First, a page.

DH: Obviously, there are multiple factors that go into launching a business case and a new aircraft. If you look at the capability, the performance at the very highest levels of thrust was on the GE90, which powers the standard 777-300ER and on the freighters. When you combine that with the technology push, their ability to put these platforms together to provide game changing efficiency is a key element of how you bring the whole airplane’s value proposition.
JF: There has been a lot of focus for freighters with the 777-8X. Does Boeing envisage further passenger variant orders for this side of the program?
We obviously launched the freighter version and since the cargo market is where it is, I think a lot of airlines are looking at how do we achieve that efficiency. And this is to replace our large freighters that are currently flying today with the capability of the 777-8X. So activity wise, I think we’re seeing more of that on the 777X passenger versions. The -9X is the one we have been focused on delivering and certifying, especially because it offers additional range compared to the -8X. We also do not offer the freighter on the -9X. I just think it’s a relatively kind of smaller part of the overall 777X family, the -8X is.
JF: Coming back to the MAX for a minute, with the accidents we had with Lion Air Flight 610 and Ethiopian Airlines Flight 302, what additional support has Boeing given to these customers since the crashes?
DH: Ethiopian and Lion Air are just like all the other MAX customers in terms of the additional training that was part of the MAX’s return to service, the software updates etc. Just like any customer that we have, we work closely with them. And I think in some cases, our partnerships have strengthened with them. As you go forward from this, it’s important to emphasise that the focus on safety is paramount for us and all our customers. I’ll just mention also that we made an announcement with Ethiopian pertinent to maintenance and operations services, so you can see in real time that we continue to work on things and do business.
JF: Moving onto the Ukraine Crisis, how has Boeing coped with issues surrounding the supply chain and things like that?
DH: Just like other manufacturing companies, we’ve had various supply chain kinks here and there that we’re managing through. But these are not specifically related to Ukraine. But it is a tough thing to work through nevertheless.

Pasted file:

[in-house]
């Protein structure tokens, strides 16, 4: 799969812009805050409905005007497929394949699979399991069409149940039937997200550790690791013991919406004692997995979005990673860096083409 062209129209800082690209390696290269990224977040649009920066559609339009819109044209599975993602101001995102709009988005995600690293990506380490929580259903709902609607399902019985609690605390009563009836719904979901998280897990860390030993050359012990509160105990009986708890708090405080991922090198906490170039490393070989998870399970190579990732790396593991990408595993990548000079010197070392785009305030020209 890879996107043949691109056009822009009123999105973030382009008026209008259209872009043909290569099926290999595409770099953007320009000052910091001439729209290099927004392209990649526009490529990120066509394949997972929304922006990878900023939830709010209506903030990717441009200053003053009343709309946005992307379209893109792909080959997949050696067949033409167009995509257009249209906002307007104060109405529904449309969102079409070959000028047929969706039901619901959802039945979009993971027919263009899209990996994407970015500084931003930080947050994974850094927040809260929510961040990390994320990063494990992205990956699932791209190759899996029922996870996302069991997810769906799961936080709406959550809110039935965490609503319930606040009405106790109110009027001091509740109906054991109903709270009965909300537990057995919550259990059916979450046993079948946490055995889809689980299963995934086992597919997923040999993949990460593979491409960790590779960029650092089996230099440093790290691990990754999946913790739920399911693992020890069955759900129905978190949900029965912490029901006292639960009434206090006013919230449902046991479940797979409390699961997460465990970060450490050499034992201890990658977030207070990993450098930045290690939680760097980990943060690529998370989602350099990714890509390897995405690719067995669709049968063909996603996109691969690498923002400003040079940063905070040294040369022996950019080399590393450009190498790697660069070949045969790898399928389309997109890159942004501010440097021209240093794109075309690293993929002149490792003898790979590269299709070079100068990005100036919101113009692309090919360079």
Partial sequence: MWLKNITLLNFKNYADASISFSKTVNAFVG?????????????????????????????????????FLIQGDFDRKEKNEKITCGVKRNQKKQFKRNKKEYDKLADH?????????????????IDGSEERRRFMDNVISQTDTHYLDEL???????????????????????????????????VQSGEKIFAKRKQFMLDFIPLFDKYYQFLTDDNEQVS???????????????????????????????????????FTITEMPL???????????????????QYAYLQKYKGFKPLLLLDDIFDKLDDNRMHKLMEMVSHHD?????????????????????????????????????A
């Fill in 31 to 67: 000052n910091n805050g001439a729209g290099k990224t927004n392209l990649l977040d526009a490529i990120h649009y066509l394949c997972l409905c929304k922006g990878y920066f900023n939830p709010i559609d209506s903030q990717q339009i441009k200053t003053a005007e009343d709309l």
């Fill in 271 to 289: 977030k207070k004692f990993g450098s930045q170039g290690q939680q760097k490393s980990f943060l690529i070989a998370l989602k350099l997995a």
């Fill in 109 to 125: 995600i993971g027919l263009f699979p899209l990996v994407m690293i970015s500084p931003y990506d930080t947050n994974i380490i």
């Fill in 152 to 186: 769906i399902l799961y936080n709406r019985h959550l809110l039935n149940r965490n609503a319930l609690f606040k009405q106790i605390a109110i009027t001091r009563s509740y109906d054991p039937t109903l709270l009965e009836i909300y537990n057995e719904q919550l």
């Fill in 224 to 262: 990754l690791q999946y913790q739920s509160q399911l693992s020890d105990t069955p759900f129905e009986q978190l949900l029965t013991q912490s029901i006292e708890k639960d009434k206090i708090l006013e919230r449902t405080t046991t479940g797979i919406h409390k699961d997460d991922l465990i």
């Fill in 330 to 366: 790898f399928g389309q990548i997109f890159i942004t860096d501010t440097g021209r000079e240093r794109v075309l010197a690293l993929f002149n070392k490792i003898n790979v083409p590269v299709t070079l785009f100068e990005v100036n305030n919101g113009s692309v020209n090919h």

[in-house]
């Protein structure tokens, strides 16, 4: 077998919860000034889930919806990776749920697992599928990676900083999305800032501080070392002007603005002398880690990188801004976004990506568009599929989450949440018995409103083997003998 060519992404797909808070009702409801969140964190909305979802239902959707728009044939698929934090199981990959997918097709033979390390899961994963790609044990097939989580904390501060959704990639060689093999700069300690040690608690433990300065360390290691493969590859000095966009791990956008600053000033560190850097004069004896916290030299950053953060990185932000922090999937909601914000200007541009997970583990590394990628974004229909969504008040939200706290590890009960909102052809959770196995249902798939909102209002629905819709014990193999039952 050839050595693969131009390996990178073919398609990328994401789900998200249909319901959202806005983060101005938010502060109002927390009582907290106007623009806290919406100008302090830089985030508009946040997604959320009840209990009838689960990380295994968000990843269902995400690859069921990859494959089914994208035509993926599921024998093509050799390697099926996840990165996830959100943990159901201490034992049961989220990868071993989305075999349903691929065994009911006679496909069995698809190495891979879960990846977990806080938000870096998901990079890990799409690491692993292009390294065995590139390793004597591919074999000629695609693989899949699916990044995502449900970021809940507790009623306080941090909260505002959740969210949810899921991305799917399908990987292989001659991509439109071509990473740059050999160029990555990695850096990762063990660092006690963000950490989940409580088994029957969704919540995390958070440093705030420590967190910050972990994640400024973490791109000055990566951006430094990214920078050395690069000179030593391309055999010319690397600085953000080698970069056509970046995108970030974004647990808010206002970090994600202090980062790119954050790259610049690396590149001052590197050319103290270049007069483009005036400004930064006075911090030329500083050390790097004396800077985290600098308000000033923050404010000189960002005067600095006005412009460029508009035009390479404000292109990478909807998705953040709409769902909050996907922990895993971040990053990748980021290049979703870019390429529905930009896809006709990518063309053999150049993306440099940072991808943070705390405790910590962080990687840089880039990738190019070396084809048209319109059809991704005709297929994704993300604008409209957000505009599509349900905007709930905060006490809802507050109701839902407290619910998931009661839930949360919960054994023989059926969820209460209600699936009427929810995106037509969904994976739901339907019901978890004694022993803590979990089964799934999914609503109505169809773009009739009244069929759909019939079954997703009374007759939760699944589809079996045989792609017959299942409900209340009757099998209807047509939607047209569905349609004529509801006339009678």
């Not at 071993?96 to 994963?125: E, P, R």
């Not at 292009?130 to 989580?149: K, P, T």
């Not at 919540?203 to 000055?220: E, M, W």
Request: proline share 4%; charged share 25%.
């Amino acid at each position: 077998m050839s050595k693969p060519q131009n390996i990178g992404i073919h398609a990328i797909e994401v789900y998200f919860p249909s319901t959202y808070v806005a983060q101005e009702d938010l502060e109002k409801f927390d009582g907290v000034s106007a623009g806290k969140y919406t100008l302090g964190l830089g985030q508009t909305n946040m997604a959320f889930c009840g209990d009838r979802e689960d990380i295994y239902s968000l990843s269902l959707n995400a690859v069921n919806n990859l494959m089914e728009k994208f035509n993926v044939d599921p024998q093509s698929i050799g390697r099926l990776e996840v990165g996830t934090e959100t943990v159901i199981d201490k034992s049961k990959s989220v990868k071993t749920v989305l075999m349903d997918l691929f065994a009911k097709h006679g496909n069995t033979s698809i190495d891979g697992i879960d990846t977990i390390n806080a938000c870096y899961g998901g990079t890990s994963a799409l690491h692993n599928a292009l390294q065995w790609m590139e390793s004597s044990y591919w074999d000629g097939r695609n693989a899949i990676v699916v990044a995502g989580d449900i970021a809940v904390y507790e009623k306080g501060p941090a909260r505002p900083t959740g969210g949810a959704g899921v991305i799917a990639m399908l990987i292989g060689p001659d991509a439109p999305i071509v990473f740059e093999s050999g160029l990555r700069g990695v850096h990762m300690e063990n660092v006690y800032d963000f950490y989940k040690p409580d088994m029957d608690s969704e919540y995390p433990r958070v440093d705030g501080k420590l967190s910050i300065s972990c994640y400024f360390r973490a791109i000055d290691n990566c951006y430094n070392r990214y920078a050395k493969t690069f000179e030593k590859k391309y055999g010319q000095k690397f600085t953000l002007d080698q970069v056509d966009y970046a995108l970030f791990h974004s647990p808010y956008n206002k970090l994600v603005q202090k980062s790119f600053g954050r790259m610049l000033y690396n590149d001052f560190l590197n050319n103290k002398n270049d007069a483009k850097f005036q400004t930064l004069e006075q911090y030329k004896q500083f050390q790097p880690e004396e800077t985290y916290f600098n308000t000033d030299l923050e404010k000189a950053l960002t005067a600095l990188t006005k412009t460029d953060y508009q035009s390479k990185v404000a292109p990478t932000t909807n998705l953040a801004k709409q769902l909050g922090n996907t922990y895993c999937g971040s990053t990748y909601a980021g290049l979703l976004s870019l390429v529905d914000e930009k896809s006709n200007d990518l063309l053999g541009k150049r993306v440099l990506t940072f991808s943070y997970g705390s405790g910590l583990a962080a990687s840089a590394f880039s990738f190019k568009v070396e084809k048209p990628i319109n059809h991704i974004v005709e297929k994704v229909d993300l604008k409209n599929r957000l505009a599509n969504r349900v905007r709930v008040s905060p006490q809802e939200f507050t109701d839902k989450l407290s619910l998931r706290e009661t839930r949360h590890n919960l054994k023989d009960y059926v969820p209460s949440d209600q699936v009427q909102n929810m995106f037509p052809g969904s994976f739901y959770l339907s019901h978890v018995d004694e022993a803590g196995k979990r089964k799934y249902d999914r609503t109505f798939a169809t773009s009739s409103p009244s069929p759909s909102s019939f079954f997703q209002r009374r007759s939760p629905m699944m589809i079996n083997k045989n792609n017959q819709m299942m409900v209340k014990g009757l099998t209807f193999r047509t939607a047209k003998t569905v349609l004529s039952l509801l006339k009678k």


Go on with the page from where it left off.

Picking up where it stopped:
JF: Continuing on that theme, the Russian Government have laid out significant plans to nationalize aircraft as well as placing a lot of investment into Russian manufacturers to build their own aircraft. With that in mind, does Boeing feel like they’d still be able to penetrate the market post-Ukraine Crisis?
DH: There’s a lot of uncertainty there. We haven’t included the Russian market in our commercial market outlook because of the sanctions that have been imposed on the country at the moment. It’s just not an addressable market for us. Either way, we update our outlook yearly based on the realities of the market.
JF: As a final question, is there anything you would like to say to our readers?
DH: That’s a good question. We could talk for a long time. I guess what I would say is the last two years have taught us how important aviation is to the economy, to people connecting, and moving forward. Whether it’s the current product line that we have, whether it’s our innovations that we’re developing for the future of aviation, we’re just as passionate now as we ever have been in terms of the market. It’s so important to our future.
JF: Darren, thanks very much for taking the time to speak to me and AviationSource
This week at Farnborough has shown that Boeing is most definitely on the mend. Through the enhanced customer confidence in the MAX, to further endorsements on the 787, as well as having a clear roadmap for the 777X, it’s going to be interesting to see what the next few years will hold for the manufacturer.
The next priorities for Boeing will be to ensure certification of the 787 Dreamliner, 737 MAX 10 and subsequently the 777X. But with the confidence the American planemaker is emitting, they seem happy enough to get the job done.